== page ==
Dicer1 Ablation in the Mouse Epididymis Causes Dedifferentiation of the Epithelium and Imbalance in Sex Steroid Signaling

Department of Physiology, Institute of Biomedicine, University of Turku, Turku, Finland.
PLoS ONE (Impact Factor: 3.23). 06/2012; 7(6):e38457. DOI: 10.1371/journal.pone.0038457
Source: PubMed


The postnatal development of the epididymis is a complex process that results in a highly differentiated epithelium, divided into several segments. Recent studies indicate a role for RNA interference (RNAi) in the development of the epididymis, however, the actual requirement for RNAi has remained elusive. Here, we present the first evidence of a direct need for RNAi in the differentiation of the epididymal epithelium.
By utilizing the Cre-LoxP system we have generated a conditional knock-out of Dicer1 in the two most proximal segments of the mouse epididymis. Recombination of Dicer1, catalyzed by Defb41(iCre/wt), took place before puberty, starting from 12 days postpartum. Shortly thereafter, downregulation of the expression of two genes specific for the most proximal epididymis (lipocalin 8 and cystatin 8) was observed. Following this, segment development continued until week 5 at which age the epithelium started to regress back to an undifferentiated state. The dedifferentiated epithelium also showed an increase in estrogen receptor 1 expression while the expression of androgen receptor and its target genes; glutathione peroxidase 5, lipocalin 5 and cysteine-rich secretory protein 1 was downregulated, indicating imbalanced sex steroid signaling.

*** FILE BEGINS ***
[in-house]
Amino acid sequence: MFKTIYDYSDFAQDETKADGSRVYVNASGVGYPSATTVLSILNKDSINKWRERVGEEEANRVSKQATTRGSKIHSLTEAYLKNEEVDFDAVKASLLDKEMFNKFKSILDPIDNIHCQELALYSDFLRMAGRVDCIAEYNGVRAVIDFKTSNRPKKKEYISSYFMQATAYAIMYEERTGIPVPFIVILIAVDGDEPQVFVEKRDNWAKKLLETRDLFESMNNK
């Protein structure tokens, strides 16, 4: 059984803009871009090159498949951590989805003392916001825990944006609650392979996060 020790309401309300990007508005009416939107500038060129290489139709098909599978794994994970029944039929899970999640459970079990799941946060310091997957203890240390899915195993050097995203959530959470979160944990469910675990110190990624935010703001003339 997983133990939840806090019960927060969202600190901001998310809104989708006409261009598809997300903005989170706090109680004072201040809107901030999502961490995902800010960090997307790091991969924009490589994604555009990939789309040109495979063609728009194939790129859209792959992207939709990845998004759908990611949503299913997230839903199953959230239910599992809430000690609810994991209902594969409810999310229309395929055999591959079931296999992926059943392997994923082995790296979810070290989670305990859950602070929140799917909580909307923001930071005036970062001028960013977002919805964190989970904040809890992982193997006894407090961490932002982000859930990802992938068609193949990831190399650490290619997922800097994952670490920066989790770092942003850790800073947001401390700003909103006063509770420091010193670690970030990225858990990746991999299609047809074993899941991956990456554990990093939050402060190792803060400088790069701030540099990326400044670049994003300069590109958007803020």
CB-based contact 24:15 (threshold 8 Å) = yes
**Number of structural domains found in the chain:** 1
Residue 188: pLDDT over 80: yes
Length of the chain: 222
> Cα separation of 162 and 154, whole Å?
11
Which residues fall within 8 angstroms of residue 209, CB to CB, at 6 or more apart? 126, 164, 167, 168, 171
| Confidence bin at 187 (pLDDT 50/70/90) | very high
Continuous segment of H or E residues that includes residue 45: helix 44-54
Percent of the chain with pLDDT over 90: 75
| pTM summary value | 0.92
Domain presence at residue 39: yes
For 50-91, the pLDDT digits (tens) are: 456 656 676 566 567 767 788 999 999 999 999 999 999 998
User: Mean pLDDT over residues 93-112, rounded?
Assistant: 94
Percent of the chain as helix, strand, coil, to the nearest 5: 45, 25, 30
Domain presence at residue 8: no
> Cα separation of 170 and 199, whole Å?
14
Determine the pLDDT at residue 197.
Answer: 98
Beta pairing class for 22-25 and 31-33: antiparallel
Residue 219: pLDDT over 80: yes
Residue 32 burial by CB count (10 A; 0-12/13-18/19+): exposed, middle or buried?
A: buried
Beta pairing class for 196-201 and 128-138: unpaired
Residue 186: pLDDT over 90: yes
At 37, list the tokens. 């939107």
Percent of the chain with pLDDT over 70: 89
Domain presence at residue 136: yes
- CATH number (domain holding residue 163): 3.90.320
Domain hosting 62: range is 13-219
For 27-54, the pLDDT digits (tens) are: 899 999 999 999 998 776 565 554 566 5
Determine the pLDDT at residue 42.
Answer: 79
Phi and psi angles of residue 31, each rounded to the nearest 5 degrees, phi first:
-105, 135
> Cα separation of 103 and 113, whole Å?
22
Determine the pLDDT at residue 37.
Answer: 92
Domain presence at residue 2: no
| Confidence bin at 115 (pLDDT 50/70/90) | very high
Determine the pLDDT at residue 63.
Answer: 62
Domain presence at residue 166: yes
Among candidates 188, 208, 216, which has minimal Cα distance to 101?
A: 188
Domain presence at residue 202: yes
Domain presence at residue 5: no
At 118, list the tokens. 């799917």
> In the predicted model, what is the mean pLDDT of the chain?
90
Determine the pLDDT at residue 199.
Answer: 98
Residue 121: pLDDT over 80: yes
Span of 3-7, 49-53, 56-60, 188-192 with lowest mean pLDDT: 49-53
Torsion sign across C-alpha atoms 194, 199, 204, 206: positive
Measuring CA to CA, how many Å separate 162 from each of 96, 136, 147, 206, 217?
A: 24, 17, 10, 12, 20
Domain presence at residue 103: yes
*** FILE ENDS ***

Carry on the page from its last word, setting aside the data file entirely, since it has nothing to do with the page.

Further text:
At the time of the final epididymal development, Dicer1 acts as a regulator of signaling pathways essential for maintaining epithelial cell differentiation.

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